The way forward for King Charles III

A peek at the new monarch of Britain, King Charles III, his wealth, and his likely way forward…

By Nichola Marie

At the stroke of Queen Elizabeth II’s demise on September 8, 2022, her eldest son, Prince Charles, became king. The ancient rite of British monarchy continues, though in a modified version – since the past few centuries, the monarch is only a titular head in the UK – which means they reign but do not rule. As King Charles III, he is the king of the United Kingdom of Great Britain and Northern Ireland. He is also head of the Commonwealth, an association of 56 independent countries including India and 2.4 billion people; he is the king of 14 of these countries where the king is the head of state. He is also the titular head of the Church of England, and head of the military and the judiciary. He carries several other royal titles and duties, and enjoys some unusual rights, including travelling without a passport, driving without a licence and owning all the mute swans in England!

A new era

Born on November 14, 1948, Charles Philip Arthur George Windsor is, at 73, the oldest monarch to take the British throne. Don’t forget, his mother was the longest-reigning British monarch, ruling for 70 years. He has also had the longest training for the job, so to speak, spending decades as the Prince of Wales, as next in line to the throne. In the modern world, where the monarchy is viewed as increasingly redundant, all eyes are trained on King Charles III, who has enormous shoes to fill. His ‘Mummy’, after all, had consistently been a symbol of steadfastness in Britain, with popularity ratings that were the envy of heads of state, and was easily one of the most recognised persons on the planet.

Monarchy itself comes at a cost. Accounts for the Sovereign Grant, which funds the Queen and her household’s official expenses, released in June 2022, show the monarchy cost the taxpayer £102.4m during 2021-22 – an increase of 17% from the previous financial year. With the UK economy in the grip of a deadly crisis, these are not easy times. Yet, the people of the UK still hold the monarchy close to their hearts…. In a survey carried out by YouGov between April 30 and May 2, 2022, 60% of people were in favour of keeping the monarchy, while 13% said they didn’t know. The ratings for the new king are also on an upward trend. A new YouGov poll shows that support for Charles has risen dramatically. His popularity has climbed from 32% to 63% in terms of those who think he will do a good job as king.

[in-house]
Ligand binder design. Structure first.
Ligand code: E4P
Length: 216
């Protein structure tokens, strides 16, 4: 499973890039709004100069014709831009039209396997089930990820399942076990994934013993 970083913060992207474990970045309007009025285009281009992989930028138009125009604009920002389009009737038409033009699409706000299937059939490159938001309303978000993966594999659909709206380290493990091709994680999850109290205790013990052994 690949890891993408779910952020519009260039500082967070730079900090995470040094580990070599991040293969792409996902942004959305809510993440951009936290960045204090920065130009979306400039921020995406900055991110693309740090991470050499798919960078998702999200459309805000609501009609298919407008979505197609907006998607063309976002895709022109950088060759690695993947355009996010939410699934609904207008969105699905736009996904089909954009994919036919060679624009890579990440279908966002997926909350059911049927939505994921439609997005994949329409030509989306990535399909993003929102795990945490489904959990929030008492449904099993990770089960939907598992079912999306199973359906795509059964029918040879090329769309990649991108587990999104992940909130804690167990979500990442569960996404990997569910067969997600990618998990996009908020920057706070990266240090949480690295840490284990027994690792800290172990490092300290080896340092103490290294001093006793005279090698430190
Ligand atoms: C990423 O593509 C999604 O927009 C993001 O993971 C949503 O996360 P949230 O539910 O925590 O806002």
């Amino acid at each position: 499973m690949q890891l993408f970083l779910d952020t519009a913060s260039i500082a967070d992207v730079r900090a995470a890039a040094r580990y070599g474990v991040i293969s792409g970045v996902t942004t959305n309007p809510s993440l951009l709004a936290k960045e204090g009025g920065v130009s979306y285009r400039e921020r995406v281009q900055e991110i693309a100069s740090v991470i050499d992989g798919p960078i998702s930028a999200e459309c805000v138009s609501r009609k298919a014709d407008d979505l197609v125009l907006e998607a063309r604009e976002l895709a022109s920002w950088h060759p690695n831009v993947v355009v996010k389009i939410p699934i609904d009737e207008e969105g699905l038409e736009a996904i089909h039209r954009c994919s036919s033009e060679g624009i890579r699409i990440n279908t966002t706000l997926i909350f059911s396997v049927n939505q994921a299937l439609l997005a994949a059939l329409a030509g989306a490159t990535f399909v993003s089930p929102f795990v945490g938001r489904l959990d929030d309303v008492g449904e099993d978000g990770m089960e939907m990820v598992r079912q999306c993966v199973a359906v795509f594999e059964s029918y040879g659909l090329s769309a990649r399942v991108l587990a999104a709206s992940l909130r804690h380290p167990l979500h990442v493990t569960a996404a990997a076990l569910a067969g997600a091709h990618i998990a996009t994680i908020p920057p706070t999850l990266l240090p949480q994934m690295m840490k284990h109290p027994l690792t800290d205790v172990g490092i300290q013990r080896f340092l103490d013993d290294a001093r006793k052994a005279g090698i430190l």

However, he might want to keep a few other points of that survey in mind… many feel he should not meddle in political issues, as royal interference in these matters is not considered appropriate, especially by older generations. The younger lot is a lot more encouraging of his speaking up on various issues he believes in, including the environment.

The shape of things to come

Since becoming king, Charles has repeatedly said he would follow his mother’s example. This would mean developing the capacity to survive serious shifts in society and successive challenges, external and internal.

Over his long and steady service as the Prince of Wales, he has carried out his official and ceremonial duties and established more than 20 charities… Now, he needs to entrench himself as a global symbol of grace and stability even in upheaval. He is expected to trim the monarchy by reducing the number of working senior royals who are supported by taxpayers, and reduce the overall multimillion-pound annual cost of the royal show. Over his long and steady service as the Prince of Wales, he has carried out his official and ceremonial duties and established more than 20 charities, including The Prince’s Trust, The Prince’s Foundation and The Prince of Wales’s Charitable Fund. Now, he needs to entrench himself as a global symbol of grace and stability even in upheaval.